URBANITY Twenty Years Later was a research project, organized by the Centre for Central European Architecture, focusing on critical analysis of the transformation, which took a place within Central European region in the last twenty years.
The project involved different activities from exhibitions in public space to lectures, student projects and conferences, round tables, symposia’s. Architects, politicians, photographers, anthropologists, sociologists and philosophers from seven European capitals /Berlin, Budapest, Bratislava, Ljubljana, Prague, Warsaw and Vienna/ were attempting to point out their contemporary urban problems and develop a platform, which would enable future cooperation between the cities and experts.
The Hungarian Contemporary Architecture Centre was the local partner in the project coordinating the research in Budapest.
The city is a mirror of social changes and their reasons. But what does the national capital mean in today’s Europe? What is the representation of power in cities today? How have Central European capitals changed under the power of the transforming structure of society? What was the effect of the changes which happened in the last twenty years? What is the role of an architect nowadays and who decides about the city?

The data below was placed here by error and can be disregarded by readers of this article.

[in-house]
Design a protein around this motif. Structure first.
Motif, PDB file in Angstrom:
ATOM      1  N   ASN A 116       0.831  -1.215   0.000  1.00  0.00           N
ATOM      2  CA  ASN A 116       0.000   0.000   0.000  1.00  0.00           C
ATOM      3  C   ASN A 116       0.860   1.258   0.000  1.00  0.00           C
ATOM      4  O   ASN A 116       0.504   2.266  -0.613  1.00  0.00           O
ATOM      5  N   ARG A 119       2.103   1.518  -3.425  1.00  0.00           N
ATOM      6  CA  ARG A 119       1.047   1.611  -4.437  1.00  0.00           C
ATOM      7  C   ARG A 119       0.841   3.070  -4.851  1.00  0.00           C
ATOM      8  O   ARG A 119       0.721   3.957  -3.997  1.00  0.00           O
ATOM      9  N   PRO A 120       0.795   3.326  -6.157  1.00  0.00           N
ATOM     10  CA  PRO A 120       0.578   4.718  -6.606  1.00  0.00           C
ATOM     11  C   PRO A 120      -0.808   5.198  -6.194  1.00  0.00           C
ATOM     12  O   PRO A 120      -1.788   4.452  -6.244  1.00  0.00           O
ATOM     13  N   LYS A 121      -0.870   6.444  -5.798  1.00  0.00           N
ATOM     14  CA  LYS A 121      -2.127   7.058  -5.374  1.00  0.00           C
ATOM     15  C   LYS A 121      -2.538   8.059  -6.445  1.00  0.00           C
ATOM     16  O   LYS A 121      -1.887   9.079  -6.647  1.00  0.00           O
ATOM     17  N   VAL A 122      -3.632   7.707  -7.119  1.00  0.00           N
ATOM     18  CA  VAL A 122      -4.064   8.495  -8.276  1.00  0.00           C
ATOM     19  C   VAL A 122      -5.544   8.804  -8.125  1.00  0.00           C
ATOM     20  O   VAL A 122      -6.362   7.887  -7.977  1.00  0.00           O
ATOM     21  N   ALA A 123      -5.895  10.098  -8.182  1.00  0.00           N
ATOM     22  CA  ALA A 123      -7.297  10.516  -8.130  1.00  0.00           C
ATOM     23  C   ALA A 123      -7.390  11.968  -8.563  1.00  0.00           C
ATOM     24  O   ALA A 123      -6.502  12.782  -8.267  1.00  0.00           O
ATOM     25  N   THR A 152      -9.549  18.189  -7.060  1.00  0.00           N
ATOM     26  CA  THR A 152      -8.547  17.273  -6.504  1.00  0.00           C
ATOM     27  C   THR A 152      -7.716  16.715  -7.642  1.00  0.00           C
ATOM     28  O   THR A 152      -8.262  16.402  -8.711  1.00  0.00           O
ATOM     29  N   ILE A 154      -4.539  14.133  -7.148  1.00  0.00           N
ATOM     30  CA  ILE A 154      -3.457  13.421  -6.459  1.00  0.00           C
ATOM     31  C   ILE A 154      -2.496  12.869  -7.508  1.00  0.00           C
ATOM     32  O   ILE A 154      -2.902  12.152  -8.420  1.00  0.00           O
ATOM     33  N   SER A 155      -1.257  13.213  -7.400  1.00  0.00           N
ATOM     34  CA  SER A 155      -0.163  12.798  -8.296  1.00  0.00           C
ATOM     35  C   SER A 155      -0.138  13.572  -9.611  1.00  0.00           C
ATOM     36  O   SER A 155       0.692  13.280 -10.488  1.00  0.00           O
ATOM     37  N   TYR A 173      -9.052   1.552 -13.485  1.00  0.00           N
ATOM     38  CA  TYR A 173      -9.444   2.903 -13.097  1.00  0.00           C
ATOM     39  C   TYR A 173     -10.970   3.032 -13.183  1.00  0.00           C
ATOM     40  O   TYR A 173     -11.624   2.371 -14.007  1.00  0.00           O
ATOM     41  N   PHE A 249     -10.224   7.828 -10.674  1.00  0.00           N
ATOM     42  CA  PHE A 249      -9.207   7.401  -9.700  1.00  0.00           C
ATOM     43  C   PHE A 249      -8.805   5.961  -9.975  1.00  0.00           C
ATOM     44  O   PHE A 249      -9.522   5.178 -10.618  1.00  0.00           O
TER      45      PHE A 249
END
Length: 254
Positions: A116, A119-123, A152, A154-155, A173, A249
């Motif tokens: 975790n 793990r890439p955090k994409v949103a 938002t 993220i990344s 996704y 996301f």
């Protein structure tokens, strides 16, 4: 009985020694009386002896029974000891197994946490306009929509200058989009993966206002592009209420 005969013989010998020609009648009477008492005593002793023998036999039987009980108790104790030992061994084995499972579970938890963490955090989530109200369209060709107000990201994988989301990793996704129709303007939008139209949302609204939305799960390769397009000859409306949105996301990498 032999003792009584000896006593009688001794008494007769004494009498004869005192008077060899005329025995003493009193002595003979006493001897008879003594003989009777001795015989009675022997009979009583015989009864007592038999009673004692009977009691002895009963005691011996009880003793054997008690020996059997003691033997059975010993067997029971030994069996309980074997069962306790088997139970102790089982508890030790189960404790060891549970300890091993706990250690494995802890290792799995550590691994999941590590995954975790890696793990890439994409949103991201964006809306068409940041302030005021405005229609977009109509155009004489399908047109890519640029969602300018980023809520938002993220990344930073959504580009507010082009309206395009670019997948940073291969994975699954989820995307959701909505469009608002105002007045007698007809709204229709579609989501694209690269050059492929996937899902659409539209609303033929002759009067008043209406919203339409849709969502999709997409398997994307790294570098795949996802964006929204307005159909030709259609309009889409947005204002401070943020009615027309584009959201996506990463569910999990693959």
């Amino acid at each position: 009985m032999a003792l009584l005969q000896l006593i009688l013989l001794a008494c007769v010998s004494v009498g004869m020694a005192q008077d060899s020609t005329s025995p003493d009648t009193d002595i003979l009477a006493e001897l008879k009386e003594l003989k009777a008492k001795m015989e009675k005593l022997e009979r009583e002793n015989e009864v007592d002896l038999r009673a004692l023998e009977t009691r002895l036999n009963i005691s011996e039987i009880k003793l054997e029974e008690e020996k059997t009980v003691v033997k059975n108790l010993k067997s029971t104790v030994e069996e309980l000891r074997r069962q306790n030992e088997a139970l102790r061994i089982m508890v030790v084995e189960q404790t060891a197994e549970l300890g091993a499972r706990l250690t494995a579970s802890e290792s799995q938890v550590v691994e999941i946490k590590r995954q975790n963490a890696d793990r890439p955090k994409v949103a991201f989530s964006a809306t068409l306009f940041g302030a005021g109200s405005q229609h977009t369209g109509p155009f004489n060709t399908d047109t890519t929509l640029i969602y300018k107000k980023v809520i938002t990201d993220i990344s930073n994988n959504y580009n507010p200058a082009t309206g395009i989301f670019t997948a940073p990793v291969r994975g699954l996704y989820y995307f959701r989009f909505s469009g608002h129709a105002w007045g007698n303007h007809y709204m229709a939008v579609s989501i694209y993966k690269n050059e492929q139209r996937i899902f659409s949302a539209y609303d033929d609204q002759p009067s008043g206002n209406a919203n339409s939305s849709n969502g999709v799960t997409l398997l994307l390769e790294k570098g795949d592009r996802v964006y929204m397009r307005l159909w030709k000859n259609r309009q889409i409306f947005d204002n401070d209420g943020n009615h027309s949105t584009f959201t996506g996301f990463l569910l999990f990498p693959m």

URBANITY student projects were focusing on developing new concepts for Central European capitals, which could be flexible enough to take into account the different speed of social, demographic and political changes.
URBANITY large scale photographs in busy public spaces tried to activate the public and question the negative impact of contemporary development strategies and tactics.
The outcome and the lessons learned throgh this interdisciplinary research project were published in a book called URBANITY Twenty Years Later.
Architect, urban scholar, he got an MSc in Architecture degree in 2003 with diploma price and a PhD degree in 2015 at Budapest University of Technology and Economics. He is teaching and doing research at the department of Urban Planning and Design at BME, where he defended his PhD dissertation entitled: Pedestrian space usage of tourist-historic cities – comparing the tourist space systems of Vienna and Prague to Budapest”. He is activist in architectural NGOs since 2000, organising conferences, workshops and social events in the memo association until 2006, and in KÉK since then. He also runs his architecture studio, involved in works from building design to tourism development concepts, participating in exhibitions and competitions.